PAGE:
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 Top Stories

'Quadruple helix' DNA seen in human cells
BBC News    Share    Share on FacebookTwitterShare on LinkedinE-mail article
Cambridge University scientists say they have seen four-stranded DNA at work in human cells for the first time. The famous "molecule of life," which carries our genetic code, is more familiar to us as a double helix. But researchers tell the journal Nature Chemistry that the "quadruple helix" is also present in our cells, and in ways that might possibly relate to cancer. They suggest that control of the structures could provide novel ways to fight the disease. More



Scientists grow kidney tissues from stem cells
The Economic Times    Share    Share on FacebookTwitterShare on LinkedinE-mail article
For the first time, Japanese researchers claim to have successfully grown human kidney tissues from stem cells, a potential breakthrough for millions with damaged organs who are dependent on dialysis. The latest accomplishment is seen as the first step towards transplanting kidney tissue generated from pluripotent stem cells. More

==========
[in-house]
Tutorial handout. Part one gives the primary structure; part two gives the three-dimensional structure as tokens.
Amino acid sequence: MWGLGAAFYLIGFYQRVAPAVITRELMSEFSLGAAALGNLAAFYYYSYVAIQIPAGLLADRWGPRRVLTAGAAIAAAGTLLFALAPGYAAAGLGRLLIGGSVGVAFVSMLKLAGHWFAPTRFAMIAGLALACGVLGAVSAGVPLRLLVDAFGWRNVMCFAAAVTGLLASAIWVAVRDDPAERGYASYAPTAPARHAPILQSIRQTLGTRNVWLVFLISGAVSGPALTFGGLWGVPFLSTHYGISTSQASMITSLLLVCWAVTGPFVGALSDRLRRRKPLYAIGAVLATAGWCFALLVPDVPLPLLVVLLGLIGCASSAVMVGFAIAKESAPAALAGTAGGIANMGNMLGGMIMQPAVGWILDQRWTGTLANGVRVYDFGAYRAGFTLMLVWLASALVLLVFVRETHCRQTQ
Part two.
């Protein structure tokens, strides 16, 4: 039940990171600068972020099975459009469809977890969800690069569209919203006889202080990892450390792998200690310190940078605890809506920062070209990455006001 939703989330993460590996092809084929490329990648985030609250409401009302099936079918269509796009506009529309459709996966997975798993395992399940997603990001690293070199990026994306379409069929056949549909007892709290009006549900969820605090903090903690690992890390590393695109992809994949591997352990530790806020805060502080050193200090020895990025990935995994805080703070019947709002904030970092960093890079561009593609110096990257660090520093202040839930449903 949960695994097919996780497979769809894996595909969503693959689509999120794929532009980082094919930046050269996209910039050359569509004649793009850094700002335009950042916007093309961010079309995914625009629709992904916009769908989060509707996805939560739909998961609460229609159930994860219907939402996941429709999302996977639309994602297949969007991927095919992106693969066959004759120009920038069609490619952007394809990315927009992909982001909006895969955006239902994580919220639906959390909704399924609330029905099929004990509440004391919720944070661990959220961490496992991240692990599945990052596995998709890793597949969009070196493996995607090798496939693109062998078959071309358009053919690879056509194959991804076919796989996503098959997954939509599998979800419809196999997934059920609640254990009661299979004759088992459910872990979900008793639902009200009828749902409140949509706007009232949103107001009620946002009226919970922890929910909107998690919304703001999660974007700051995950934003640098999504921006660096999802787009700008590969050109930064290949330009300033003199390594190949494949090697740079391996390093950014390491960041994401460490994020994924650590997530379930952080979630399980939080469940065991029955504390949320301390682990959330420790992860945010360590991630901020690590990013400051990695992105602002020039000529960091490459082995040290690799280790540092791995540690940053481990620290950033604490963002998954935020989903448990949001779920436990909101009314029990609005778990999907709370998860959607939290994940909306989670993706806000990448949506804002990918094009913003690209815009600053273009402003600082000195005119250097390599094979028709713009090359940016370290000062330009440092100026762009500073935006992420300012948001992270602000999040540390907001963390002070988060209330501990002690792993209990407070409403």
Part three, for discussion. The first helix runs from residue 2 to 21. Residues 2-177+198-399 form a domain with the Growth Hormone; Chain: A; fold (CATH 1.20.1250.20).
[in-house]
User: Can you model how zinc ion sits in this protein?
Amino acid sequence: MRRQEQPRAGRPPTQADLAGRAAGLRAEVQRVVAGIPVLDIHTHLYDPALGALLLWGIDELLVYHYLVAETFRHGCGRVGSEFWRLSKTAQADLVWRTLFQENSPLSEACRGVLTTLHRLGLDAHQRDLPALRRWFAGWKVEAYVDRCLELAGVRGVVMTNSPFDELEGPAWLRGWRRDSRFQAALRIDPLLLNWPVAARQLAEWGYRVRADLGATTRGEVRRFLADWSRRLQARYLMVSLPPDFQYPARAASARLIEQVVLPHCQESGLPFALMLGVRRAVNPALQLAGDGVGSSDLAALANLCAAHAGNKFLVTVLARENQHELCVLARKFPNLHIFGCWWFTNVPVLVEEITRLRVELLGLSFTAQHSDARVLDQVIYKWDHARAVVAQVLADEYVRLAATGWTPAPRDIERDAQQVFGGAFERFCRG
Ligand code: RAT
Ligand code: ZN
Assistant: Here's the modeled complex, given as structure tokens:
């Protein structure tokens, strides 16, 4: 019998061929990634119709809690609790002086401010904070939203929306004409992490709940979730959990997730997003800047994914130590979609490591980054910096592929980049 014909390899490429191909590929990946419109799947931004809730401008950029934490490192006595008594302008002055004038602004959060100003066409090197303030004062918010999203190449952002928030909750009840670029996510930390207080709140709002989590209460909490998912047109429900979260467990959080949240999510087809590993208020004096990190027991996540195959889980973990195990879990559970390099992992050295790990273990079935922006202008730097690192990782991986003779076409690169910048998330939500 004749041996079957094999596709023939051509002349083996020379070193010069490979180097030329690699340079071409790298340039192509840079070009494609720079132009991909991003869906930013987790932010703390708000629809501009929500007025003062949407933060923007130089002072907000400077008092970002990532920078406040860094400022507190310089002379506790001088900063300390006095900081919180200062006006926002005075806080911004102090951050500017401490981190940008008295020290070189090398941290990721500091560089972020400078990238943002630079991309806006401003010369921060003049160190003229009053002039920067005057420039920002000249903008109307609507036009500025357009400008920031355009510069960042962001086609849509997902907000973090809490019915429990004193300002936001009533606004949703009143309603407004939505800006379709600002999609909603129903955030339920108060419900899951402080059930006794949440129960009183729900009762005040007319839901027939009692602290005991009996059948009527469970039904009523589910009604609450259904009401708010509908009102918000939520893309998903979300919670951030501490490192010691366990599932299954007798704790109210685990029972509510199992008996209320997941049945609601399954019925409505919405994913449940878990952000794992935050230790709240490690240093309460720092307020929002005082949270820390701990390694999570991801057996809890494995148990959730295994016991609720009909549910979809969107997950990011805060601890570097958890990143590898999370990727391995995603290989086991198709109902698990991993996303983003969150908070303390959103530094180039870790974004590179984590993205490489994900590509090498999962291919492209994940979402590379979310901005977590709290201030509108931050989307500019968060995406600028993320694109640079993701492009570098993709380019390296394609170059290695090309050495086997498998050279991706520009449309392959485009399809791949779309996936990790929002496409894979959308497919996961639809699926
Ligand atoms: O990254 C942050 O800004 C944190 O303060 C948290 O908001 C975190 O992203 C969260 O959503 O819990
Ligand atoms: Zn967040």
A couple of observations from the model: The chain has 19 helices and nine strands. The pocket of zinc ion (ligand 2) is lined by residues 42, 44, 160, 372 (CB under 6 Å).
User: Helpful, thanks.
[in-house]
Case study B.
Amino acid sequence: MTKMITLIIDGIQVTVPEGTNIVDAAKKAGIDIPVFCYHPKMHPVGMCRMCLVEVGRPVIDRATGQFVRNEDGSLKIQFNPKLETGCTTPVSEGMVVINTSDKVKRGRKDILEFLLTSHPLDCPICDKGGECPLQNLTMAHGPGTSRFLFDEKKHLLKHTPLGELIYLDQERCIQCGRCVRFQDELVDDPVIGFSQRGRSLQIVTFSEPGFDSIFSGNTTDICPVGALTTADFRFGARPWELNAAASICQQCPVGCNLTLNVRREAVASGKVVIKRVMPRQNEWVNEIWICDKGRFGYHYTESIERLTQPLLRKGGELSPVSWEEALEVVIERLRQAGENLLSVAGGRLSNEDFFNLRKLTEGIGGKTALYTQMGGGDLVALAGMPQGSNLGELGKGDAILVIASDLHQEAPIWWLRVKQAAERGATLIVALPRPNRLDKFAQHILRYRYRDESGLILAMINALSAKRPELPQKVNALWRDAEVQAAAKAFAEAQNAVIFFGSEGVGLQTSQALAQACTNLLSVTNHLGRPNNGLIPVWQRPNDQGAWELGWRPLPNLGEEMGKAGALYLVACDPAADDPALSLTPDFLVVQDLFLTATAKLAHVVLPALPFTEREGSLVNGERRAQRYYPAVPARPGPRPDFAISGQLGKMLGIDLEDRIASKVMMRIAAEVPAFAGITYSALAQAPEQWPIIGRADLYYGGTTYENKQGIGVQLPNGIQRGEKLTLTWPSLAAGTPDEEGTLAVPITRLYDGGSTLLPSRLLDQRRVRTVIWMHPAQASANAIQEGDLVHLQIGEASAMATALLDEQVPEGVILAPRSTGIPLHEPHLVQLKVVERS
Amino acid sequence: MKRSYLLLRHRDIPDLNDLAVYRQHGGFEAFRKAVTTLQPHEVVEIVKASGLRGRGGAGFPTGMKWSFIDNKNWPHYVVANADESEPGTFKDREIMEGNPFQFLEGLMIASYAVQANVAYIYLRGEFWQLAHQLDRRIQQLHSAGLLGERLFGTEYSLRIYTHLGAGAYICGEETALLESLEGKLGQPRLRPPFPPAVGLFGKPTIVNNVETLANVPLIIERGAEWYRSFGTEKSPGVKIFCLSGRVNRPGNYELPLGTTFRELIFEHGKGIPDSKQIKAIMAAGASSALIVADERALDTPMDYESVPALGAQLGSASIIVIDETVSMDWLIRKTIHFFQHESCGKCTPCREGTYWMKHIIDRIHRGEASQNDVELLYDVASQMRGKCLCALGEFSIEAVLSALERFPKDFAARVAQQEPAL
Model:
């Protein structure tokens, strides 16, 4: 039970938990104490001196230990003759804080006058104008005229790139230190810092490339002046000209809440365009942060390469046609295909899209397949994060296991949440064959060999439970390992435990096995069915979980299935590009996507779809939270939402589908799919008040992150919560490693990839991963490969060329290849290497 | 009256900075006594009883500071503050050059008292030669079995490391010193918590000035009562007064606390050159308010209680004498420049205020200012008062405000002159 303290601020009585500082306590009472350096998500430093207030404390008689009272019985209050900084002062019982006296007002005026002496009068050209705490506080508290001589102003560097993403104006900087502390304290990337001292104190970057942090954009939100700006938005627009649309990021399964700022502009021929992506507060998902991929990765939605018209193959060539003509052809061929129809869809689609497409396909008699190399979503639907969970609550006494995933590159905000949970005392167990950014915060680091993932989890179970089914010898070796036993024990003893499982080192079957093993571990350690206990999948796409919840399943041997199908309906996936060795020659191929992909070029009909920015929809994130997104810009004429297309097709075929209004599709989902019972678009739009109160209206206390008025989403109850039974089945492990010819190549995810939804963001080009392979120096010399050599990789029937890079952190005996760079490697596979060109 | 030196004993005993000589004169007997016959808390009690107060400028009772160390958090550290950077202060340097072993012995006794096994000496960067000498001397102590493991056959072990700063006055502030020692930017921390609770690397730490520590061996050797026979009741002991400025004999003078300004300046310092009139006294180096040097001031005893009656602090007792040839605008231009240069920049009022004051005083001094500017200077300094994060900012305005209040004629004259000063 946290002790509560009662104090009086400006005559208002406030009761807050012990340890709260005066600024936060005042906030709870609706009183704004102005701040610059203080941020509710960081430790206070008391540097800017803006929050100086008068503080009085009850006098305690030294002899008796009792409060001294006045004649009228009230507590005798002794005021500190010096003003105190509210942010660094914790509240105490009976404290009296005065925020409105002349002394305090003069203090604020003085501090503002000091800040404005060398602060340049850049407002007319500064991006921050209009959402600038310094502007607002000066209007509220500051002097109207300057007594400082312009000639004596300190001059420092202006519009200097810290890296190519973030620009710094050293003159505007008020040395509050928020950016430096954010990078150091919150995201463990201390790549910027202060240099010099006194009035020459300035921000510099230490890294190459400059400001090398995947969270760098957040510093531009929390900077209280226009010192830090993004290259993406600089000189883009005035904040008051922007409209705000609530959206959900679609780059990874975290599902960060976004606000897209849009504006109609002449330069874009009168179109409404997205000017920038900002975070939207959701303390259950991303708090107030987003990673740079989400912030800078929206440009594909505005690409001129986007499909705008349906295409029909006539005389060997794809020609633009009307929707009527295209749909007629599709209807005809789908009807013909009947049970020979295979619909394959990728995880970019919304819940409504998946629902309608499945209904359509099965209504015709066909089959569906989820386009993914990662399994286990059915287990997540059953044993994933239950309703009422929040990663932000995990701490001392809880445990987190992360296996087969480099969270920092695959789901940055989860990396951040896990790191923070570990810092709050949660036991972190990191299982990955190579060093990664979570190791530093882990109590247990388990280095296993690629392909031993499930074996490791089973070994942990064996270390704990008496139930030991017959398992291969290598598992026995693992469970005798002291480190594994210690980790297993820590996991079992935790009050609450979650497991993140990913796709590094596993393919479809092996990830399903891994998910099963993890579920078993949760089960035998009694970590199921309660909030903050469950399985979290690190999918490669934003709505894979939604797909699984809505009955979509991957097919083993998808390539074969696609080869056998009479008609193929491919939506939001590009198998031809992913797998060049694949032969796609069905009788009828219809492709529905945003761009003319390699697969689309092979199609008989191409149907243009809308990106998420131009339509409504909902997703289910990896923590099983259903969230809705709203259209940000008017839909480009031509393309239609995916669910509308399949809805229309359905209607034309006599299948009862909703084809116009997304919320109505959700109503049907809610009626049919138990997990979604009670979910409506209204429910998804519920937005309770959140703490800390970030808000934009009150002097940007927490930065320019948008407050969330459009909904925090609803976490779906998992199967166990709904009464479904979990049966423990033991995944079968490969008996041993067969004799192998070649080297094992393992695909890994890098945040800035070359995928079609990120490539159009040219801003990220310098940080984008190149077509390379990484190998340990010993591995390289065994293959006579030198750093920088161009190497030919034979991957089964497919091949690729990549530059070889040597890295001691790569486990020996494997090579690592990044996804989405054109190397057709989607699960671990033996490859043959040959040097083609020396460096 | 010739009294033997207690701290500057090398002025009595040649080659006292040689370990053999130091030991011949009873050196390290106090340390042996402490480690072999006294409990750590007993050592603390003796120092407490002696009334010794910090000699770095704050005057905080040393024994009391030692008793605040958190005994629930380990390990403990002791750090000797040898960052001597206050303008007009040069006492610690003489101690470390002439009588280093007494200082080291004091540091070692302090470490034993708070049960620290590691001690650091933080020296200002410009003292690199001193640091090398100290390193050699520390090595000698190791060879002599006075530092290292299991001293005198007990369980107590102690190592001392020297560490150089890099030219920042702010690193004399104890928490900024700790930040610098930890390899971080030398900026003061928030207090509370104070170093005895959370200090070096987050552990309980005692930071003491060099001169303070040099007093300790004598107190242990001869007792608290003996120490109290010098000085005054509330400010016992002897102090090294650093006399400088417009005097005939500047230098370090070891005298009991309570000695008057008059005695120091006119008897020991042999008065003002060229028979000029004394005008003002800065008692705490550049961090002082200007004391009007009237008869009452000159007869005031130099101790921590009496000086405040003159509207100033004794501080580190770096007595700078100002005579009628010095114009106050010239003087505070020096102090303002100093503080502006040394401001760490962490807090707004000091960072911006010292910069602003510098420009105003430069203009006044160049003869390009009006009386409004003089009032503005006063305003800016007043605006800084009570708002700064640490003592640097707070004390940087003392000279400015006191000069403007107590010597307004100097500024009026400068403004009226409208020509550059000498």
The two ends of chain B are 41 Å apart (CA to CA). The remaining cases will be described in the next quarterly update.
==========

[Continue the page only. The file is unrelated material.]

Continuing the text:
3-photon microscopy improves biological imaging
Chronicle Online    Share    Share on FacebookTwitterShare on LinkedinE-mail article
Scientists may be a step closer to cracking one of the world's most compelling mysteries: the impossible complexity of the brain and its billions of neurons. Cornell University researchers have demonstrated a new way of taking high-resolution, 3-D images of the brain's inner workings through a three-fold improvement in the depth limits of multiphoton microscopy, a fluorescence-based imaging technique with Cornell roots. More
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Scientists seek out cancer cells hiding from treatment
Imperial College London    Share    Share on FacebookTwitterShare on LinkedinE-mail article
Each year 300 British children are diagnosed with acute lymphoblastic leukemia, a cancer of the blood. The majority respond well to current therapies, but the disease returns in a quarter of patients. The long term outlook for adults is much worse, with initial treatments being effective in fewer than half of all patients. Now, scientists hope to improve leukemia treatment by investigating how cancer cells use "hiding places" in the body to avoid chemotherapy drugs. More

Researchers observe cell polarity using advanced microscopy
AZoNano.com    Share    Share on FacebookTwitterShare on LinkedinE-mail article